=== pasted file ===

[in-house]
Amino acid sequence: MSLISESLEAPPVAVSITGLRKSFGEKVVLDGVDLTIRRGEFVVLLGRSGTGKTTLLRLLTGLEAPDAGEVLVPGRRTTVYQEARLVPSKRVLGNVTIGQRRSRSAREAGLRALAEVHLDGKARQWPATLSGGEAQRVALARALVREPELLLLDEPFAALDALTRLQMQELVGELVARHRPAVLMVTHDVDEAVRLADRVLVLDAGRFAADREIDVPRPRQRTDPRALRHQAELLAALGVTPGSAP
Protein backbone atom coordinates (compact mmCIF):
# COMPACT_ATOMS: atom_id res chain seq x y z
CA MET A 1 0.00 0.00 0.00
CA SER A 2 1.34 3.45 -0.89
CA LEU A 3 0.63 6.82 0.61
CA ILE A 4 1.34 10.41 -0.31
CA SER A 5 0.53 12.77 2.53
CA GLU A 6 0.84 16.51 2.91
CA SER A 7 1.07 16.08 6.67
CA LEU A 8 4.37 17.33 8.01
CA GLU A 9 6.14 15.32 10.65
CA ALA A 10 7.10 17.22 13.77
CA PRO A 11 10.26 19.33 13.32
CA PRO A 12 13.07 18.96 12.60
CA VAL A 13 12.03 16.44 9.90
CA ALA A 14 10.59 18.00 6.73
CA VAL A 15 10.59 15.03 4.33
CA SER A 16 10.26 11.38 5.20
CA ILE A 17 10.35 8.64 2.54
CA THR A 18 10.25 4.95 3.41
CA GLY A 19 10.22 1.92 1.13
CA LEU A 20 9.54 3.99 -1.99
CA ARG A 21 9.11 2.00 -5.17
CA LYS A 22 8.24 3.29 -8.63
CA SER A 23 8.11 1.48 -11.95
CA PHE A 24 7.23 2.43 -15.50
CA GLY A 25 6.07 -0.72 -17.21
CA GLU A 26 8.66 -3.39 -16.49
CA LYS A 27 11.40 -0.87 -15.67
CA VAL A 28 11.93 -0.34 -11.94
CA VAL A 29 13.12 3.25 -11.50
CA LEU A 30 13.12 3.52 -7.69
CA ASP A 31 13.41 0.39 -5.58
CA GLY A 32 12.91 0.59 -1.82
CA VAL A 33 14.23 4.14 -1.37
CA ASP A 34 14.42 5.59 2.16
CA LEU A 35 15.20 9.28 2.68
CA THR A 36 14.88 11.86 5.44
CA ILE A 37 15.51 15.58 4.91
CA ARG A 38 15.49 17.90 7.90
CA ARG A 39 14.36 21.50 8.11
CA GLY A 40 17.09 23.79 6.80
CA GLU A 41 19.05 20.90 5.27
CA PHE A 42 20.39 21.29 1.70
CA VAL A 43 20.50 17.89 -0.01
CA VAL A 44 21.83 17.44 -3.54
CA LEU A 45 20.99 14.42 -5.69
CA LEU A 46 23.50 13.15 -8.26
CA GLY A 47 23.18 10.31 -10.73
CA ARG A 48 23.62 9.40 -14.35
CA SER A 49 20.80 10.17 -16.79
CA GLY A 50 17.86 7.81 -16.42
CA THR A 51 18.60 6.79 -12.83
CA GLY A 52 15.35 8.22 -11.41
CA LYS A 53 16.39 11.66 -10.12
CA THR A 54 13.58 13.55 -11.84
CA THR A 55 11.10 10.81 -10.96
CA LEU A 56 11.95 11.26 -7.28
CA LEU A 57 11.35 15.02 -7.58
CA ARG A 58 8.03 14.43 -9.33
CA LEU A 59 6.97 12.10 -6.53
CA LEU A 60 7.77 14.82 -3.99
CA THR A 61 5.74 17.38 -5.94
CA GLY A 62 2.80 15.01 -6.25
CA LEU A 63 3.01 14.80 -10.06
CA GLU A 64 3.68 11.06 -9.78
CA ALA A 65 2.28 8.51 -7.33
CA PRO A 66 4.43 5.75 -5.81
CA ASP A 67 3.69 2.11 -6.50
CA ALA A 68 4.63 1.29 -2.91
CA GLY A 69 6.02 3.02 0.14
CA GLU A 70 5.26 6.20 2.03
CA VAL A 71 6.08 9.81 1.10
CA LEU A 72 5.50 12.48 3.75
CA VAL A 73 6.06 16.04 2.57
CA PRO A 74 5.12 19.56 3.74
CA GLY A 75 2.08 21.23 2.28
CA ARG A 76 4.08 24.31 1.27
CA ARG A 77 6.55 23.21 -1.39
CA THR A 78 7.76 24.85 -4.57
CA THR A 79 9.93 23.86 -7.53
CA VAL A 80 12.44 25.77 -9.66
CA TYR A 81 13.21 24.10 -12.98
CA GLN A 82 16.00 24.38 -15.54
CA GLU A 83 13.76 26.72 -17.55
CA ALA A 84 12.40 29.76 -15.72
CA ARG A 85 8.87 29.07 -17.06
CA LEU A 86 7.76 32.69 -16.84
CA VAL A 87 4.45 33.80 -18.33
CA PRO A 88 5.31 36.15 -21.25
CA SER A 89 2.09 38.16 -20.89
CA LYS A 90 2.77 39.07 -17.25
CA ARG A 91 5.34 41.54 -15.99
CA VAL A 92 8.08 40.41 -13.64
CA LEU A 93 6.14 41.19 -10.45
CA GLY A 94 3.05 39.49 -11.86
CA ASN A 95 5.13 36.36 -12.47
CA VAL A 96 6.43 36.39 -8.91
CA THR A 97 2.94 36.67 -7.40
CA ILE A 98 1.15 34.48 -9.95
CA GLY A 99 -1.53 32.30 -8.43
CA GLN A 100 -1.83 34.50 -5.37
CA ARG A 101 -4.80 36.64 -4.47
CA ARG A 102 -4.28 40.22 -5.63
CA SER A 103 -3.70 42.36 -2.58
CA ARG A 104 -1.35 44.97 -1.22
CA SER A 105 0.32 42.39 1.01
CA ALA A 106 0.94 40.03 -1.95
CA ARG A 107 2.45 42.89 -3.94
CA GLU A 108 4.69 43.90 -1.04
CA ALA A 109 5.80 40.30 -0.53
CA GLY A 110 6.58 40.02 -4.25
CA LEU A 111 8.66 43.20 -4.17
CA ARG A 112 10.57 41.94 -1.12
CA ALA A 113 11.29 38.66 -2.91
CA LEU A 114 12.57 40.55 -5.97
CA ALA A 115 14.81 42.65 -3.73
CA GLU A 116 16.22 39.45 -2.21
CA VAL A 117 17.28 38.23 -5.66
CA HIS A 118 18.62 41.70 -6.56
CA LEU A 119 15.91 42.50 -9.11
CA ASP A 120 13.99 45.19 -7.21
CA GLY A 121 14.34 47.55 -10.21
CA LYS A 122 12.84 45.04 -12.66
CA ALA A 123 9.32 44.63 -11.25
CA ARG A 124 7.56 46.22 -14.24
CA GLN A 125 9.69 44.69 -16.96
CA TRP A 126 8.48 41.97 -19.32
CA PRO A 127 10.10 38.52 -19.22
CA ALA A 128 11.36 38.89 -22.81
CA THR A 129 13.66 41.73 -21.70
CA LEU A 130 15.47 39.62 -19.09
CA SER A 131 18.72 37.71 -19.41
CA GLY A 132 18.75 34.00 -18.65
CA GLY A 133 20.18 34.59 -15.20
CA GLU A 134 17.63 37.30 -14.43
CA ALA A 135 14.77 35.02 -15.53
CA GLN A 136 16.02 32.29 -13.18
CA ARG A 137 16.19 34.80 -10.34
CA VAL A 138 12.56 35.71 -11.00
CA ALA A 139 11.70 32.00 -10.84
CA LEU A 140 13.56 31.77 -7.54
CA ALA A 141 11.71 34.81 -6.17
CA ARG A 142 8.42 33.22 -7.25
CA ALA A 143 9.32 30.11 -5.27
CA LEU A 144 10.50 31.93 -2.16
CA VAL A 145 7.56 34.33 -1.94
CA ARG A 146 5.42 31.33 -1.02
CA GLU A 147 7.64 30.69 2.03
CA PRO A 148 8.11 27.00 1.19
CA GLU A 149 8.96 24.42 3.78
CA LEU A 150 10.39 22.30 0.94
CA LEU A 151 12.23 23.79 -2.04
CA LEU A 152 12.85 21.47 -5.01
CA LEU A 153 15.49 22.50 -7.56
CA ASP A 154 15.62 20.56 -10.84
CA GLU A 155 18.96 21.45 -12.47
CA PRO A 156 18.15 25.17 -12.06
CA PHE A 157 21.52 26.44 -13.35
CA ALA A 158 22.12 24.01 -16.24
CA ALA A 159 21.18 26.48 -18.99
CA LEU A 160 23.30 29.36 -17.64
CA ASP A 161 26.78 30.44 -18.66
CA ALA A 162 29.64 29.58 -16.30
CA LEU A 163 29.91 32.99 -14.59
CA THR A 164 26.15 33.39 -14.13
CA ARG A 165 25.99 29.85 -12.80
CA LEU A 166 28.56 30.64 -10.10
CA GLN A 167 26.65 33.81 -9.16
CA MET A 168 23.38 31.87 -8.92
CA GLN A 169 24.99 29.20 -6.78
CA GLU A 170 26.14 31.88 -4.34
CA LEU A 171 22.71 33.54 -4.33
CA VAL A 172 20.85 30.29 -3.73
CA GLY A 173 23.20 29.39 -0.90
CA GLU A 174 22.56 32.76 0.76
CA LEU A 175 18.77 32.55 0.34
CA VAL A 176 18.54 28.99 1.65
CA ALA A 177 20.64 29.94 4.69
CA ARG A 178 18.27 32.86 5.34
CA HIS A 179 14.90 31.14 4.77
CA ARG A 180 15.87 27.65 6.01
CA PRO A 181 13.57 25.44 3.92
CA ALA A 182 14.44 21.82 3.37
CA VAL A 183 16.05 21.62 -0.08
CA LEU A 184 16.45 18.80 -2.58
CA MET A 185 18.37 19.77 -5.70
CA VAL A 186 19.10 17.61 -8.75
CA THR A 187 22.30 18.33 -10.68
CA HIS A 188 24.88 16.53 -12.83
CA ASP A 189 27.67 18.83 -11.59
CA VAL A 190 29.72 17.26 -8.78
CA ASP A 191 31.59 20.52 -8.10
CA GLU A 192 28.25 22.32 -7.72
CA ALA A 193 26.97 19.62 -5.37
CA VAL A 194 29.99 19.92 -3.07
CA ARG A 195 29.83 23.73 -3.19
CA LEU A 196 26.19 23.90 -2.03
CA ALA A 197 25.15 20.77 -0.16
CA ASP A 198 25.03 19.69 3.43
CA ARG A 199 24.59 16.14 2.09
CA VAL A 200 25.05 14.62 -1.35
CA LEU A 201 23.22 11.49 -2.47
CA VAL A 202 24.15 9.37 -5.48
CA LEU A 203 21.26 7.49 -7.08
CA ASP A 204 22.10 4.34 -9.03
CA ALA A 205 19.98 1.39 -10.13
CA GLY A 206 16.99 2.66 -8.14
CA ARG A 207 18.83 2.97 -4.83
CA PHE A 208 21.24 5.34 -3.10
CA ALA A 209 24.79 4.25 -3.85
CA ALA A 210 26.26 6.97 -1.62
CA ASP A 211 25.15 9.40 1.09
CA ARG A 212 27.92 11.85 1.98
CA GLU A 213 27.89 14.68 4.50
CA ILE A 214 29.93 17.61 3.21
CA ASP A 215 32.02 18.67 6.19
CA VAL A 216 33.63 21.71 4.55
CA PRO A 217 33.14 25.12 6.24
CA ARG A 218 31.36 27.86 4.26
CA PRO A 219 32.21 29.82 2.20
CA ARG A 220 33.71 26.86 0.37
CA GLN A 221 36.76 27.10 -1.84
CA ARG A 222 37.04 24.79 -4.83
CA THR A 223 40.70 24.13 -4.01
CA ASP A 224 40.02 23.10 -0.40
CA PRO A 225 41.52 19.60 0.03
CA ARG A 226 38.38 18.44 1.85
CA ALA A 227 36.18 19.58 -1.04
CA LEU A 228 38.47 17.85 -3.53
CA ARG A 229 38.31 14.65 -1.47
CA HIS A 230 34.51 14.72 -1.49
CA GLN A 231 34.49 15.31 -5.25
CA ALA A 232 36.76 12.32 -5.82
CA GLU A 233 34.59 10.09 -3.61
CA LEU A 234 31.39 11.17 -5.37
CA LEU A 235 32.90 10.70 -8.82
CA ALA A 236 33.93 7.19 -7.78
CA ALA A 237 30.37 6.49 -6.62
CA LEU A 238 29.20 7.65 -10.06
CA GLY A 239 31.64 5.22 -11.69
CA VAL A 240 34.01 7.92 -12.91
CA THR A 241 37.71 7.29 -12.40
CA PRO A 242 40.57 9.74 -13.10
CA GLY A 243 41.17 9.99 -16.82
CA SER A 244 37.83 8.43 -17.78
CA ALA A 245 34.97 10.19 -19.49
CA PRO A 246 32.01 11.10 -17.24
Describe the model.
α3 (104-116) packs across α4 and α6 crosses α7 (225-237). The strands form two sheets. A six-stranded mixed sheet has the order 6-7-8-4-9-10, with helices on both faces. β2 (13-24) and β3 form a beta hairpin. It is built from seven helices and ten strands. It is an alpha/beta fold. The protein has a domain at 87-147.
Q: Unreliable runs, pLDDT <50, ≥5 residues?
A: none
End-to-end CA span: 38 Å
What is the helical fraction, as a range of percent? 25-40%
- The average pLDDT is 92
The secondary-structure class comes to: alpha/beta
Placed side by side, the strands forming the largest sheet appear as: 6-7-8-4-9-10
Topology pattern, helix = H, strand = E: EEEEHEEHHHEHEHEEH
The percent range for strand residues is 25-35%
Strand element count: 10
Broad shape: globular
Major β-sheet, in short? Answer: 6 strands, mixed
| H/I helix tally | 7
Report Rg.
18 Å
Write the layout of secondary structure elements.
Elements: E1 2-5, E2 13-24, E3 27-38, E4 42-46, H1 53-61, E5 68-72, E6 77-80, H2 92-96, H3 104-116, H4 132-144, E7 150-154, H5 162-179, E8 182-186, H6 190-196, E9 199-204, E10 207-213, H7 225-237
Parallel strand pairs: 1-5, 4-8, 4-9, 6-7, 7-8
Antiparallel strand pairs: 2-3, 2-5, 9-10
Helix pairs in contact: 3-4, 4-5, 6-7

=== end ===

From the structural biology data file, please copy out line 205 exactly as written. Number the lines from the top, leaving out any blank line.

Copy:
CA LEU A 201 23.22 11.49 -2.47